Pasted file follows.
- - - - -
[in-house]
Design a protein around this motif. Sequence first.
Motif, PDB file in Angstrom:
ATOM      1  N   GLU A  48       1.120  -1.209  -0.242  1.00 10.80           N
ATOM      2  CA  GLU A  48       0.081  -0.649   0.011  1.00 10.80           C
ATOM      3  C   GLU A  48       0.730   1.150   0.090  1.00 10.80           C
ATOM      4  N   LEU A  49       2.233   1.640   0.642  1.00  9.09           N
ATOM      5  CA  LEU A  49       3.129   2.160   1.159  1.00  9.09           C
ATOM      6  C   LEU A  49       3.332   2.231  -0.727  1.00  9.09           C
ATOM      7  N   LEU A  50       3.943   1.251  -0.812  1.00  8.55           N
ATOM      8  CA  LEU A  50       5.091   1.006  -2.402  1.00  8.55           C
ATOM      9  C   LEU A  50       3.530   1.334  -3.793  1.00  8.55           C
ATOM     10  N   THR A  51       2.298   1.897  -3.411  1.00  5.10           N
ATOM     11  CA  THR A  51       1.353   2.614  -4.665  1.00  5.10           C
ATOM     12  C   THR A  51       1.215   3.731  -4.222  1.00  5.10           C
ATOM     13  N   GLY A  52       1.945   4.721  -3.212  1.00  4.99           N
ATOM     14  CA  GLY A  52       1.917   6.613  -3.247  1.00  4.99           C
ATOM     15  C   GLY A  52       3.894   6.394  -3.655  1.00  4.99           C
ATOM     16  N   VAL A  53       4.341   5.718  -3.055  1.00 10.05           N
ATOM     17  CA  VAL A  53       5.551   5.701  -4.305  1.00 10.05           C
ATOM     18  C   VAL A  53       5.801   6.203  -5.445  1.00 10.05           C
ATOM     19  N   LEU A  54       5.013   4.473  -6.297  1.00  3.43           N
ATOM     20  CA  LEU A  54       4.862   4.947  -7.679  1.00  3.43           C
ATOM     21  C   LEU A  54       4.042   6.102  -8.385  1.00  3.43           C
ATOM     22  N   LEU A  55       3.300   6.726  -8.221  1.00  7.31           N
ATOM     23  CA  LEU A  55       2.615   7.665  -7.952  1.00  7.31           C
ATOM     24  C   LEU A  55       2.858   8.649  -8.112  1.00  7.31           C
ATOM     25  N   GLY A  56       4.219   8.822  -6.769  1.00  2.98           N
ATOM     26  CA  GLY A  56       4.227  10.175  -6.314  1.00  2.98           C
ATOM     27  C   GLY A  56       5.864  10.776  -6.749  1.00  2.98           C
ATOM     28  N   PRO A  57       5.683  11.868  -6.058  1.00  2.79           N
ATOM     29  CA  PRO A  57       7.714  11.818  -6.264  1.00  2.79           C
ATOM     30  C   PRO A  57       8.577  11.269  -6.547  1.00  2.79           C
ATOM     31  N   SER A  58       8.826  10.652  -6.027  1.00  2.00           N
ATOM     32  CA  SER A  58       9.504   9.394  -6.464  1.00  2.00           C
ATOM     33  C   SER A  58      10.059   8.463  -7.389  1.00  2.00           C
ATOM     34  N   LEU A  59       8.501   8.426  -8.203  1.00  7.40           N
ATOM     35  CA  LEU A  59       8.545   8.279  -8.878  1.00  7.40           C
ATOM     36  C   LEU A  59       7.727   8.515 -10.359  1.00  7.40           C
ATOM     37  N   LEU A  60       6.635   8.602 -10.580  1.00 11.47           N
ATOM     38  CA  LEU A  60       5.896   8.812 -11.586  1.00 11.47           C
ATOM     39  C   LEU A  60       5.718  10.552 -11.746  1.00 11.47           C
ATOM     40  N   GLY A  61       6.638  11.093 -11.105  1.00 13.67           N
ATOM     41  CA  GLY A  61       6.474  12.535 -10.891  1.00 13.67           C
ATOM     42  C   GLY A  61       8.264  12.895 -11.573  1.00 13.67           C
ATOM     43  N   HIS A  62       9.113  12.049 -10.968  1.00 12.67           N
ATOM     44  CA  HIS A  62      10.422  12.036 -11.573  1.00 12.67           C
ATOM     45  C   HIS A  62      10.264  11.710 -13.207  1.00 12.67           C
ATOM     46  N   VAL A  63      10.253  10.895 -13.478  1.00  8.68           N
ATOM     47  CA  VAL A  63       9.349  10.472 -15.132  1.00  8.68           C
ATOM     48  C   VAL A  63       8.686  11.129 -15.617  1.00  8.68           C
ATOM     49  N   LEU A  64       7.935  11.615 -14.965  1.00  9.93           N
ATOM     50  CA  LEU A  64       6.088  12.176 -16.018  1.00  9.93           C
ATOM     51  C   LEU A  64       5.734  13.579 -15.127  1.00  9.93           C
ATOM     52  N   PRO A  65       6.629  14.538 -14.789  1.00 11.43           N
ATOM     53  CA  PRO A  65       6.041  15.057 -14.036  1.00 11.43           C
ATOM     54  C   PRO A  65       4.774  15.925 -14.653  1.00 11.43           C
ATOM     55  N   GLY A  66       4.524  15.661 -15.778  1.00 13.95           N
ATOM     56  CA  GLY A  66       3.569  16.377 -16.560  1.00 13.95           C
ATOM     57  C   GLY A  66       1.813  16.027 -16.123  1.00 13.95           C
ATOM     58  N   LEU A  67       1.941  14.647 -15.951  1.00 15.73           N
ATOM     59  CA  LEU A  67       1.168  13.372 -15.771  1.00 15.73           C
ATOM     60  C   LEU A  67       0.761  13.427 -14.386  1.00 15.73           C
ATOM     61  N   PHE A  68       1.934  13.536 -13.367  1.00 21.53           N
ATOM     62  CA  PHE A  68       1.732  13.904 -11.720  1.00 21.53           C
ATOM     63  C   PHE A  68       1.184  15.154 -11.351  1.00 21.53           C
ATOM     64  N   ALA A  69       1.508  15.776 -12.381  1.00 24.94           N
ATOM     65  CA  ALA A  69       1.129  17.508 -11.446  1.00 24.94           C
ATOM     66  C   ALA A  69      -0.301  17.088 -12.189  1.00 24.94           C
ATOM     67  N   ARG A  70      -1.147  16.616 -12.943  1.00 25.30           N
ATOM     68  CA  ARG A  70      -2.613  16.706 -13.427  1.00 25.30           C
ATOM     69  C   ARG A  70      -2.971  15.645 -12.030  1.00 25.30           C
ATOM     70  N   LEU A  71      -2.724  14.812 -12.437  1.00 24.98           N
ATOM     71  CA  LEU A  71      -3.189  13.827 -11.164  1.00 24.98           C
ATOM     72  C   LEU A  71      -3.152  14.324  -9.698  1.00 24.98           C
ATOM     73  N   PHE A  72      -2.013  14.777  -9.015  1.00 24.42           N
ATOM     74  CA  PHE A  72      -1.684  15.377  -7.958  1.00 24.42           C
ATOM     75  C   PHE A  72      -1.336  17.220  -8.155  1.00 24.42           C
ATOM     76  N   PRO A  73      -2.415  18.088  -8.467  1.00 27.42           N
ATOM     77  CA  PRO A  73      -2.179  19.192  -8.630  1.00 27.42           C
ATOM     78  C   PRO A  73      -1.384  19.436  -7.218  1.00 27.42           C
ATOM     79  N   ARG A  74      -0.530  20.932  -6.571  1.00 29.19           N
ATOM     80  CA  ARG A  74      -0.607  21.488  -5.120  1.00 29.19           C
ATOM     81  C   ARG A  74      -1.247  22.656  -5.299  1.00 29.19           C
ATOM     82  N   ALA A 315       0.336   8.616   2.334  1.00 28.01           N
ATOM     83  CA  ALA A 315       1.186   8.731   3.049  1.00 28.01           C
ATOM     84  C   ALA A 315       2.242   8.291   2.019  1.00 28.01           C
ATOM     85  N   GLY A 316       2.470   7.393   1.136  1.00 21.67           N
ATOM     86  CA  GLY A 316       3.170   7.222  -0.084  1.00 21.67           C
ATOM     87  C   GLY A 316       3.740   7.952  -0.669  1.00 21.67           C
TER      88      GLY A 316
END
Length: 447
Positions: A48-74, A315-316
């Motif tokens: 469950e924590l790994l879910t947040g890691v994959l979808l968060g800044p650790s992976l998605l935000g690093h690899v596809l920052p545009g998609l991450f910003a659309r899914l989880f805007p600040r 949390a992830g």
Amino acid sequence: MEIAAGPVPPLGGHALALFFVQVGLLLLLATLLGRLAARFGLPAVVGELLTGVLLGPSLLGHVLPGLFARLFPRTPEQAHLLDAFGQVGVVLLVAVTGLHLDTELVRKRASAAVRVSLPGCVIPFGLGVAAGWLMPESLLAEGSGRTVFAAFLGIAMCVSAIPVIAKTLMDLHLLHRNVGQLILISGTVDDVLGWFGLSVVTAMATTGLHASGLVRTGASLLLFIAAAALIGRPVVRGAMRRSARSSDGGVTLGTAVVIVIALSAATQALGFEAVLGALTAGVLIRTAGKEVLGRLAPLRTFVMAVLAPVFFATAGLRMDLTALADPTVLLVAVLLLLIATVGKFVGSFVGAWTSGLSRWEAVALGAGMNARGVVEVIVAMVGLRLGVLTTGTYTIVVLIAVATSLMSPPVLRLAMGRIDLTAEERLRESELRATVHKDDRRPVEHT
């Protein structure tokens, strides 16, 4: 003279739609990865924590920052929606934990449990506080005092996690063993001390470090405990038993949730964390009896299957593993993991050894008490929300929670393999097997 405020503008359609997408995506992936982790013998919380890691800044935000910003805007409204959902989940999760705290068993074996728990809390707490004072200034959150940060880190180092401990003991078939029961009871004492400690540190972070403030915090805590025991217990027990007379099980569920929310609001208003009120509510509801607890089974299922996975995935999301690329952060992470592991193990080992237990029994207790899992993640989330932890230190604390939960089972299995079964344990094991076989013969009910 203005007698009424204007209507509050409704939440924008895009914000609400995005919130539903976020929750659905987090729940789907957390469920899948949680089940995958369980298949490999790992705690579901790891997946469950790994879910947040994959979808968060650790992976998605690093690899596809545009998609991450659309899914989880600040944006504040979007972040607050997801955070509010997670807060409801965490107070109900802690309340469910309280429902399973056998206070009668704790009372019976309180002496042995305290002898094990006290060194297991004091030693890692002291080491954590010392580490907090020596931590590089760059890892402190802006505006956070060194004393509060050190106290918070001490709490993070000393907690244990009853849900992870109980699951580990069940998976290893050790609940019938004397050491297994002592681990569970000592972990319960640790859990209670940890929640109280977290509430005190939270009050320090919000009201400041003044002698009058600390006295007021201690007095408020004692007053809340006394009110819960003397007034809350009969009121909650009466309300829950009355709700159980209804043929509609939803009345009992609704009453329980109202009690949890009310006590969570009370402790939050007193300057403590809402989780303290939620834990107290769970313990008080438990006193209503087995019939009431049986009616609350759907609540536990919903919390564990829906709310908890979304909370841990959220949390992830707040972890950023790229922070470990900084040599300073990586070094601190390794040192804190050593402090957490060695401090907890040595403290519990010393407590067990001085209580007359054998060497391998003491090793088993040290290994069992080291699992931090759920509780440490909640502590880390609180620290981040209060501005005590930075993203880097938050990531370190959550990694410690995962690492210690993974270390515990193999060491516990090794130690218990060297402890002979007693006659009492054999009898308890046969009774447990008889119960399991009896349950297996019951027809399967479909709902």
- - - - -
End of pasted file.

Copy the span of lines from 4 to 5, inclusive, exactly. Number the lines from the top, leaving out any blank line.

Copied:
ATOM      1  N   GLU A  48       1.120  -1.209  -0.242  1.00 10.80           N
ATOM      2  CA  GLU A  48       0.081  -0.649   0.011  1.00 10.80           C